Do These 3 Things and Not These 3 Things with Your Marketing Clients

Do These 3 Things and Not These 3 Things with Your Marketing Clients

Do These 3 Things and Not These 3 Things with Your Marketing Clients

Take is from us, just from experience, there are certain things you should strongly consider doing with you clients in order to keep them happy and the projects coming your way. Of course, with each practice you should do, there are equal numbers of practices you shouldn’t participate in; let’s take a look:

Do These 3 Things:

1. Sell Solutions, Not Products and Services

If all you have in your sales conversations are products and services, your conversations and the campaigns are missing something — your empathy and recommendations. If every camoaign was as easy as picking a ‘package’, we’d all have the same results; we know that isn’t true. Like any kind of specialist, we know more than the average business person about properly strategizing and running a successful campaign depends on that. A transmission specialist knows more than me about fixing your car’s transmission, and that mechanic is going to understand car repair more than you and I ever will. With every option, we should also be giving a recommendation backed by logic and data.

2. Treat Your Clients As Unique Cases: Don’t Generalize

Each client is different and unique onto themselves. Seems like a no-brainer, but we see agencies treating all their clients and prospects as the same. This sentiment isn’t exactly breaking news, but I’ve seen many account managers treat all clients in the same manner. Be sure to tailor your conversations and deliverables to their exact needs and goals, but make sure you find out from each one of them ‘exactly’ what they need from you should they choose to work with your agency. This way, should you treat them and give them what they need ‘exactly’, there’s little room for them to feel like just another client.

3. Protect Your Work But Be Transparent In Times of Difficulty

Every so often, not on purpose, bu every so often you’ll accidentally ‘drop the ball’. It’s okay, it happens to every agency and every marketer. You’re only human. It’s important to own up to it, be honest, be transparent; however, if the issue is on the side of the client, be sure to defend your work, but don’t get into the habit of perseverating and/or constantly looking for errors with each next step.

Don’t Do These 3 Things:

1a. Avoid ‘promising the world’

At the end of the day, your job is to help the business owner solve a problem; via digital marketing solutions. But, that means you are the expert – don’t agree to everything the business owner says he/she wants. Even when it comes to timelines — if the client is ultra-late on getting you the assets you need for a project, reset the expectations; timelines are delicate, change them according to how ti best fits your production of the project and the eventual successes.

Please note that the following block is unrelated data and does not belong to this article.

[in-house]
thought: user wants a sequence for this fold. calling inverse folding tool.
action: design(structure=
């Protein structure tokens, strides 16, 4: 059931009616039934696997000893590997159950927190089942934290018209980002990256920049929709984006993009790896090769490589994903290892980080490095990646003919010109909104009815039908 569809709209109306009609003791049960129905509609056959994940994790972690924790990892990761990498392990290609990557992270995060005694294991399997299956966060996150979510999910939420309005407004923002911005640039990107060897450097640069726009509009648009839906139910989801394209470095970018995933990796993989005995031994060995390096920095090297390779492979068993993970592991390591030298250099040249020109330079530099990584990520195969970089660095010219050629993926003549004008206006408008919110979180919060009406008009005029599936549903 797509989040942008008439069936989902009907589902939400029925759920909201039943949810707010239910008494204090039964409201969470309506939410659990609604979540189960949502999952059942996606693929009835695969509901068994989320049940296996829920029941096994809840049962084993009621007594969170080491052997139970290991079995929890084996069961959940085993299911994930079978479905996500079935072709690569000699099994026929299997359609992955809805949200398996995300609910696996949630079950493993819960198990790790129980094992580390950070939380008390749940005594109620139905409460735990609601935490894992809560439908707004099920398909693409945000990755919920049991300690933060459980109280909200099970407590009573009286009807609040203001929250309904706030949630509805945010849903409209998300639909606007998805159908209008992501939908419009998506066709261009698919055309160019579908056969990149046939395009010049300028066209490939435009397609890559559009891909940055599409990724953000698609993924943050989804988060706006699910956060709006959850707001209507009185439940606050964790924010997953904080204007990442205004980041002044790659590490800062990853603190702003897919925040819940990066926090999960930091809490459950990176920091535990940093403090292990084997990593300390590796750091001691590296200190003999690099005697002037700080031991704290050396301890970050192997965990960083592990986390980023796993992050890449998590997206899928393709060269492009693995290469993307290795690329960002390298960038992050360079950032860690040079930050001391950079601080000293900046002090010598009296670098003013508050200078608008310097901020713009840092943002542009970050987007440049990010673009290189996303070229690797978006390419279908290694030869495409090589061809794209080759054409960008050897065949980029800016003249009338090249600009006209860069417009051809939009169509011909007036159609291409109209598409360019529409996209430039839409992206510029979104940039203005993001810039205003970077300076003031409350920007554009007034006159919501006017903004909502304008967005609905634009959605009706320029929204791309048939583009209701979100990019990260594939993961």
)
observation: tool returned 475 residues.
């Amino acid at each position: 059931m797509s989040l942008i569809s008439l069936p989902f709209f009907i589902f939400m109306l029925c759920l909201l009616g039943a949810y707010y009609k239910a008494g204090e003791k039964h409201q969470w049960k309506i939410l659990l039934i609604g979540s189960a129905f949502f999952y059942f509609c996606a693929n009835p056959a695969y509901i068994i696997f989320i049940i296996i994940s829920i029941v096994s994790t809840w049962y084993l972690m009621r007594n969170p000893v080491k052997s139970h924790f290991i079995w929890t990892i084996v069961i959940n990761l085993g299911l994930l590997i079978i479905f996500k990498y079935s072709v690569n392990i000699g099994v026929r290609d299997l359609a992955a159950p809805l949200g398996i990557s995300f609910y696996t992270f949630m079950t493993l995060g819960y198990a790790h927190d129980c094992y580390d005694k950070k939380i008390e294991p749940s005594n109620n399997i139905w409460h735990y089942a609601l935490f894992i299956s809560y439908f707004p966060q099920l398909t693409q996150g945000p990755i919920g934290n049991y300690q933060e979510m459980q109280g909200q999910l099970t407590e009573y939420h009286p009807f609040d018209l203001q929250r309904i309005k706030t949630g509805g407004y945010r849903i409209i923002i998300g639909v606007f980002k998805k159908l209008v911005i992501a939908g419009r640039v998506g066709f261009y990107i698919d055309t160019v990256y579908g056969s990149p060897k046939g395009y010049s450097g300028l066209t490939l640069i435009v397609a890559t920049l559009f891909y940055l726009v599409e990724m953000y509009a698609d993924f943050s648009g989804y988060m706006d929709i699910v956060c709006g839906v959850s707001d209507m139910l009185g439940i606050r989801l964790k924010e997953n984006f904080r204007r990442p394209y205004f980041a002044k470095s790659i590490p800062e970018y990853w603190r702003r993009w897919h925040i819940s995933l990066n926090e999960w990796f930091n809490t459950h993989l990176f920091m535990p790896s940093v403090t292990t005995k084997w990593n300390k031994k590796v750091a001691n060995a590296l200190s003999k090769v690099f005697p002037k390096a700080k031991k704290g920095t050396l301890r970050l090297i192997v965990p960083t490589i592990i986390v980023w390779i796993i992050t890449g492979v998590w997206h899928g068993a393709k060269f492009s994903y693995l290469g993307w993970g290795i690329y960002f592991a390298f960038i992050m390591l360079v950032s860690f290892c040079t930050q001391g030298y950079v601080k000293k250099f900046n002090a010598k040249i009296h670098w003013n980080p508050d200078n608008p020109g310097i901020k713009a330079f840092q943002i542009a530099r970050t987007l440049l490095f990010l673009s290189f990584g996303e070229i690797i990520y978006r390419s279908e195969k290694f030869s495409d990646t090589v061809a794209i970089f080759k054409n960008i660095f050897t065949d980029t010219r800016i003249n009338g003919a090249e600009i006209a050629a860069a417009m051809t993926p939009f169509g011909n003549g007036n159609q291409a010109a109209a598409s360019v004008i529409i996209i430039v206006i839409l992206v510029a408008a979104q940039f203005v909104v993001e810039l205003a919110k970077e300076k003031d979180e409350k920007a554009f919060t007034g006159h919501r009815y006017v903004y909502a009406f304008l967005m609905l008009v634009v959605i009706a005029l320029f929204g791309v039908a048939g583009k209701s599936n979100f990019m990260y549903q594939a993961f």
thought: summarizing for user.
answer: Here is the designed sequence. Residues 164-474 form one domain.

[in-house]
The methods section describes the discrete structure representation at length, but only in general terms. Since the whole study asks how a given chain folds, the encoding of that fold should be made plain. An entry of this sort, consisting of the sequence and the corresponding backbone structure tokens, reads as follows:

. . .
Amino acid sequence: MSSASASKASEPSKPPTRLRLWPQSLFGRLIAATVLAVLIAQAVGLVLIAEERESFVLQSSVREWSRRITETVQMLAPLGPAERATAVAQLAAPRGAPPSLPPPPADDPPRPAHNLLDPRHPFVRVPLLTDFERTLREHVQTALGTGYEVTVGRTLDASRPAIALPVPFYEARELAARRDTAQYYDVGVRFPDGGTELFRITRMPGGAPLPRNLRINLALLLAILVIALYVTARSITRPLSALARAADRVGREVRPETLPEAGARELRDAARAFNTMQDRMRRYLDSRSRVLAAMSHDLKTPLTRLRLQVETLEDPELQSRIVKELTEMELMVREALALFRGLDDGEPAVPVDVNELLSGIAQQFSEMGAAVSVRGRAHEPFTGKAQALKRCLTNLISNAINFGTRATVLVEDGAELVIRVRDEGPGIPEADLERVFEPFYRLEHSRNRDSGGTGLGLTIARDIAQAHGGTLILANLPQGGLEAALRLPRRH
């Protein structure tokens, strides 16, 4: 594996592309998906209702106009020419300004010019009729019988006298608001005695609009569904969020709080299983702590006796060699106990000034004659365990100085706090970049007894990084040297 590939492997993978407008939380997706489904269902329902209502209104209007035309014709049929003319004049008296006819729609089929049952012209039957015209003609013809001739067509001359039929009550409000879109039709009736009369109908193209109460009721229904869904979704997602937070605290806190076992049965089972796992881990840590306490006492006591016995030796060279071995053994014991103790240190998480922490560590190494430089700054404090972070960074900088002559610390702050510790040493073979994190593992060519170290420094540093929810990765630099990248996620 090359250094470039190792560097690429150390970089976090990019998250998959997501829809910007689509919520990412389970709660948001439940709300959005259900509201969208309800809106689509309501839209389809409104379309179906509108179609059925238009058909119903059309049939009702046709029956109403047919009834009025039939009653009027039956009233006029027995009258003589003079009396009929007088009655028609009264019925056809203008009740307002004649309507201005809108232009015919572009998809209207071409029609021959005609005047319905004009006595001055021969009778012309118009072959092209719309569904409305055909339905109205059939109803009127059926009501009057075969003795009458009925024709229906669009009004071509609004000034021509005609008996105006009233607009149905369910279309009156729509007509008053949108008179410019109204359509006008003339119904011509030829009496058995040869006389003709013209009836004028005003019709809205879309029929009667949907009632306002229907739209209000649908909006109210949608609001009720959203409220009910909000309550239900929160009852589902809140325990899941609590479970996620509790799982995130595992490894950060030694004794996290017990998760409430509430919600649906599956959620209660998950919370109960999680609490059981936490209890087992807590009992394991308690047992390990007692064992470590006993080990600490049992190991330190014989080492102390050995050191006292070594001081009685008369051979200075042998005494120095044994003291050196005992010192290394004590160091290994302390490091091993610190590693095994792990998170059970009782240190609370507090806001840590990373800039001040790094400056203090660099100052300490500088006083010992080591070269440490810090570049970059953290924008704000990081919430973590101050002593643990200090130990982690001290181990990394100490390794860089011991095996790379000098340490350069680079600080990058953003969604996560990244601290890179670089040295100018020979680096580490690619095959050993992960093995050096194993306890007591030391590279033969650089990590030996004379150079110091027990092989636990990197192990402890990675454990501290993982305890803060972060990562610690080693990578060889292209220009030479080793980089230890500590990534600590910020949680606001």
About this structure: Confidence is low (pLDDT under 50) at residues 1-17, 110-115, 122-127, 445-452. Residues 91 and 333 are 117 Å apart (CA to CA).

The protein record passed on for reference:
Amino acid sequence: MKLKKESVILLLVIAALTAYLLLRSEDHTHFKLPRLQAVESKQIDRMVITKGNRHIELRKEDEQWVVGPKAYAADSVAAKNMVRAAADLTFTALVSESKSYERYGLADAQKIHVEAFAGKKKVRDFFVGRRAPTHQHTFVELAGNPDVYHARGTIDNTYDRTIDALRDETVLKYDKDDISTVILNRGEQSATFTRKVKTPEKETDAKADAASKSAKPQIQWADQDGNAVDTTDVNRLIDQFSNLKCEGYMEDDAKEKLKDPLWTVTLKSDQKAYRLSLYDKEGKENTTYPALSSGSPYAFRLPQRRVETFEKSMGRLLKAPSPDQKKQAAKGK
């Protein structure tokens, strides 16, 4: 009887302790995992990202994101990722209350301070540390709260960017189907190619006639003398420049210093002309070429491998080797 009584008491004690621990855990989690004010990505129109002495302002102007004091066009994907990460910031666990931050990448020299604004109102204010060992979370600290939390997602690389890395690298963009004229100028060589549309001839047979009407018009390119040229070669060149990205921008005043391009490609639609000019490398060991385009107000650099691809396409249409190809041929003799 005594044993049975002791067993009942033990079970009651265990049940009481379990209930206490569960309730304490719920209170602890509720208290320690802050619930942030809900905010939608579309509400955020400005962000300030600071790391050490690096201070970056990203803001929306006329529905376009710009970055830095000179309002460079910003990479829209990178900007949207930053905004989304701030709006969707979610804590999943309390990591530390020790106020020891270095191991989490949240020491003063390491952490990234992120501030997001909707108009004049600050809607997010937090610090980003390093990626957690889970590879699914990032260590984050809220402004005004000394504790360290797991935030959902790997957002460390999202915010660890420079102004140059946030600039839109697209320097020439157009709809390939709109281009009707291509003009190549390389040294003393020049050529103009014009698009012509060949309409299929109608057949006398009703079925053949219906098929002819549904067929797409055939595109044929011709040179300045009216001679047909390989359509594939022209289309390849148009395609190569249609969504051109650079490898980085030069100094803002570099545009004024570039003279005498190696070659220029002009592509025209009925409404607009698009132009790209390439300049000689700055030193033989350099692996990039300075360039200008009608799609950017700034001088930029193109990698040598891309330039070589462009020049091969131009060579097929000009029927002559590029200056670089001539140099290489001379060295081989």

2b. Don’t let the client prioritize themselves against your other clients

The ole ‘I pay you a lot of money and you should be honored to work with me’ excuse to move other clients to the bottom of the list isn’t uncommon. In fact, what you should do, instead, is protect your integrity and explain to the client that your entire roster spends hard-earned money with you and that you treat them all with respect and equal importance.

3c. Don’t let a potential client walk if they don’t have the full budget

First, if you’re a graduate of our program you know you’re equipped to finance the campaigns; however, in some cases that won’t work out. Instead of saying goodbye to your potential client, offer to do a smaller job as proof of concept; more than likely, with good results and a good experience, the client’s wallet will open up and you just might discover the budget was there . all along.

Upcoming Interview with CourseMagnet

Upcoming Interview with CourseMagnet

Our Marketing Director, Joe Schaefer, is being interviewed by CourseMagnet on Tuesday, August 27, 2019.

The interview will be in the form of a video discussion about the industry. Stay tuned for a link to the final video.

About CourseMagnet:

Most sales teams have access to less than 2% of their website visitors. CourseMagnet gives +41% more qualified leads. They come with the best way/time to contact & their likelihood to purchase. Get a short-cut to more qualified prospects while sticking to your existing workflow. The setup is fast and simple in less than 3 minutes. No complicated software to learn to get started.

Mentorship in Marketing Matters: Our Support Team

Mentorship in Marketing Matters: Our Support Team

Through our Support Team, we offer comprehensive ongoing support and continuing education to our graduates. We want our graduates to have access to the latest marketing strategies so they can experience continued growth and success in a very fluid and dynamic industry.

Our 5-day in-person training is simply the beginning.

Whether you need help with a concept on your first day of running your business, or down the road, our dedicated support team will be there for you.

Our graduates enjoy one-on-one support and mentorship after training. Our support team essentially becomes an extension of your business. Whether it’s a simple email or an in-depth conversation, our support staff will be there to help with any needs your business might have. Additionally, the training and education does not stop after your initial 5-day training.